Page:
And on the consumer side, life styles changed. Consumers became more savvy and sophisticated. Their understanding of brand values expanded. It wasn't just about what they learned from advertising any more. Their window of reception expanded. Now their view of brands was formed by a more delicate balance of perceptions about the product, the price, the place and the promotion.
These intruding tools and disciplines brought with them strange new languages. While they all contributed to branding, each was different from the common language of advertising. In each of those specialties, the practitioners knew their craft's language. They had no trouble communicating with their craft colleagues. But each craft language became alien to every other craft.
Lots of PR people had difficulty communicating with web guys. Many product designers didn't understand sales promotion. Event folks usually didn't get what product placement was all about. Video game creators were in their own little world. CRM and mass marketing were at linguistic odds. And, in the middle of it were agencies talking about advertising. Each was espousing its own solution in its own language. Each introduced new complexities. Each introduced new challenges. What a mess!
Babel had descended upon the once rational world of brand building.
At First Blush
Initially, the inclusion of these new tools and disciplines and the accompanying shift in consumer attention, involvement and behavior didn’t look like it would be particularly troubling for agencies. Agencies had great strength in their insights to consumer behavior. Understanding the consumer had always been their strong suit.
Shifting the tools necessary to reach the consumer surely couldn't be that difficult. But, with every new tool came a complete and separate language. A language different from the language of advertising. Who could translate? Who could combine the various tools in the most effective way? Who could make sense of it all?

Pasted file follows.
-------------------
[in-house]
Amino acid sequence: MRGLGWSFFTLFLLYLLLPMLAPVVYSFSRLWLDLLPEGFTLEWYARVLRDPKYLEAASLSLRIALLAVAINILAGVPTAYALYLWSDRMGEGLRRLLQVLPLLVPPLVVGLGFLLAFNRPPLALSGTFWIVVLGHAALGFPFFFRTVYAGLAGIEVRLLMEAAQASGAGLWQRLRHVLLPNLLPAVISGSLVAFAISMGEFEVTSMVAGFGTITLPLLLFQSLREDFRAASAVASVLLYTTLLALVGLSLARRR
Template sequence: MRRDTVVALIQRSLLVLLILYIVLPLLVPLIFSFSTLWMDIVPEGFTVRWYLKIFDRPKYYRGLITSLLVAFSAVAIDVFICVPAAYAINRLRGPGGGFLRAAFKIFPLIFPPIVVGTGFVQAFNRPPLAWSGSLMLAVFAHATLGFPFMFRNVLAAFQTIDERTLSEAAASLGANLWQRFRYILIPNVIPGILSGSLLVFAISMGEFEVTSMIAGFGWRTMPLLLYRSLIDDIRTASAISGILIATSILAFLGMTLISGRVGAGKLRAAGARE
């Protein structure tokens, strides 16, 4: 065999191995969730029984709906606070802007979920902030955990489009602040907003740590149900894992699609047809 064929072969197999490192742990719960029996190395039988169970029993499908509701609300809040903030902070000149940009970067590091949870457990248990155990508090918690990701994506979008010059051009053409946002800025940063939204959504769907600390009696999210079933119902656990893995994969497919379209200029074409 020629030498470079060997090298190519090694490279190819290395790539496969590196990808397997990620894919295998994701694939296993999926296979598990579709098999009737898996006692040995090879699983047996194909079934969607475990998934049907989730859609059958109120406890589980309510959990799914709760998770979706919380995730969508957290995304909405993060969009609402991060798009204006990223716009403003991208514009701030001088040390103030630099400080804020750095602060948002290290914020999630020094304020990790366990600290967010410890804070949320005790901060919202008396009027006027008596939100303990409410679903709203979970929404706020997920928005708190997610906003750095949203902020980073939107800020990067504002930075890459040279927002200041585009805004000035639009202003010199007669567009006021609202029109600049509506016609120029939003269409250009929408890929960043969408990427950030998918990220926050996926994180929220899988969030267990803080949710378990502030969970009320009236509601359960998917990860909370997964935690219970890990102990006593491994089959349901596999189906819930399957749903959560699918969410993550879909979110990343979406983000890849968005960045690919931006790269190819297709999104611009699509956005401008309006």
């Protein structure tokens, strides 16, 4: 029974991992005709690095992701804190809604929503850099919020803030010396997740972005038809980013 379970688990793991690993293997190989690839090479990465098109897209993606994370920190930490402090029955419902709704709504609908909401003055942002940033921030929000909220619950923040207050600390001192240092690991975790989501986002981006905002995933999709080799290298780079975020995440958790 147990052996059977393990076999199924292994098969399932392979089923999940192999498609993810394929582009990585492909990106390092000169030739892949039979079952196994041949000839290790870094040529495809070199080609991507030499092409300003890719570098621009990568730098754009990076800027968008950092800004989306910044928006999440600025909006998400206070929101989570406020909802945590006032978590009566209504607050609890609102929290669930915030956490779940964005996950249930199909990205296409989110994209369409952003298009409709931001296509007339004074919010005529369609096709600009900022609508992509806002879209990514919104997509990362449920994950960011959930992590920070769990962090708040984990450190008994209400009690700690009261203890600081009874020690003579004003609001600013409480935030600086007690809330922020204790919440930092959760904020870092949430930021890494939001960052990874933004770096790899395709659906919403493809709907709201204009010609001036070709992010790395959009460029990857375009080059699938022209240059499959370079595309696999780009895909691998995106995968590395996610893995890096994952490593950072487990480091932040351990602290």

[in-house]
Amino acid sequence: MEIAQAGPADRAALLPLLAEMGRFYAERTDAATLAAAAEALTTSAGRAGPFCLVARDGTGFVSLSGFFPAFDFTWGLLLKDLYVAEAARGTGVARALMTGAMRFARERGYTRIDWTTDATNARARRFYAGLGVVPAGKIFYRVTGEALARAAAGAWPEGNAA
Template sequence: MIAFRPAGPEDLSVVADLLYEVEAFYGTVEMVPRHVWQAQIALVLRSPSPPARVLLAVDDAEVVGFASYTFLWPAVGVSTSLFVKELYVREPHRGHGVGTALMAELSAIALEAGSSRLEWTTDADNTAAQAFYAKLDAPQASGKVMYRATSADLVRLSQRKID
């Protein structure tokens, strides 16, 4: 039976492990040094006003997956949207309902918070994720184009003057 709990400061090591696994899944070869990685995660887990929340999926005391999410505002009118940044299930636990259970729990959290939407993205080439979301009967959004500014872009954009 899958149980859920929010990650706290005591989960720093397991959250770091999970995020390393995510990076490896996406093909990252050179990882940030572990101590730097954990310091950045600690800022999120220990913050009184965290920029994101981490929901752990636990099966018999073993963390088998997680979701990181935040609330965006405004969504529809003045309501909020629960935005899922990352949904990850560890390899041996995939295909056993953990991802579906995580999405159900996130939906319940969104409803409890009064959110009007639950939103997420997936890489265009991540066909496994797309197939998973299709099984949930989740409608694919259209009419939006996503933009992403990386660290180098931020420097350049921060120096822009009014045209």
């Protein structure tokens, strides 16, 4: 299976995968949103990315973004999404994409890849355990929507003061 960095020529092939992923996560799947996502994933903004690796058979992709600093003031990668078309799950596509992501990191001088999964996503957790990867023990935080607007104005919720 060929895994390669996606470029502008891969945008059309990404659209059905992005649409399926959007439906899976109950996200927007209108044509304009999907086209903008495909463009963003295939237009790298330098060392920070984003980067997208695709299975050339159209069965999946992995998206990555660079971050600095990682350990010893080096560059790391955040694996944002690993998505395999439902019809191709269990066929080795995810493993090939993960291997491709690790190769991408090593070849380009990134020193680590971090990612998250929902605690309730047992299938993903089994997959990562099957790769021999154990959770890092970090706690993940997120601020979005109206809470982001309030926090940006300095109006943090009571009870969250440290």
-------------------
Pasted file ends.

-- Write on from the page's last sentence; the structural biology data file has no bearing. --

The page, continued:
And yet, marketers needed to use a balanced array of these tools to achieve their branding goals.
The Holding Companies
Recognizing this need, the agency holding companies set about acquiring firms representing the various craft skills. They bought PR firms, product placement specialists, promotion organizations, direct marketing houses, web shops, etc. The plan was simple. They could aggregate all the tools a marketer could need under the holding company's banner. One-stop client shopping if you will.
Unfortunately, integration of these tools was not as smooth as hoped. While to the outside world, the communications capabilities arrayed in these sibling organizations looked great, internal communications using all the different languages was a real problem.
On top of this, the typical holding company profit center business model compounded the difficulty.
In effect, the leaders of the various craft units within the holding companies were placed in competition with each other. While they may have worked for the same parent corporation, each unit was charged with financial results that were compared with each of the other family units. Thus, while very subtle, the personal competition was huge and very real.
It is hard to collaborate effectively with someone you are in competition with.
Thus the harmonious application of multiple tools to solve complex client problems proved very difficult to achieve. Thus frustrating the promised benefits for the marketer.
To the surprise of many, a peculiar thing began happening to the people within agencies. Rather than aggressively learning the new languages of the new tools, many of them appeared to be withdrawing into their own parochialism.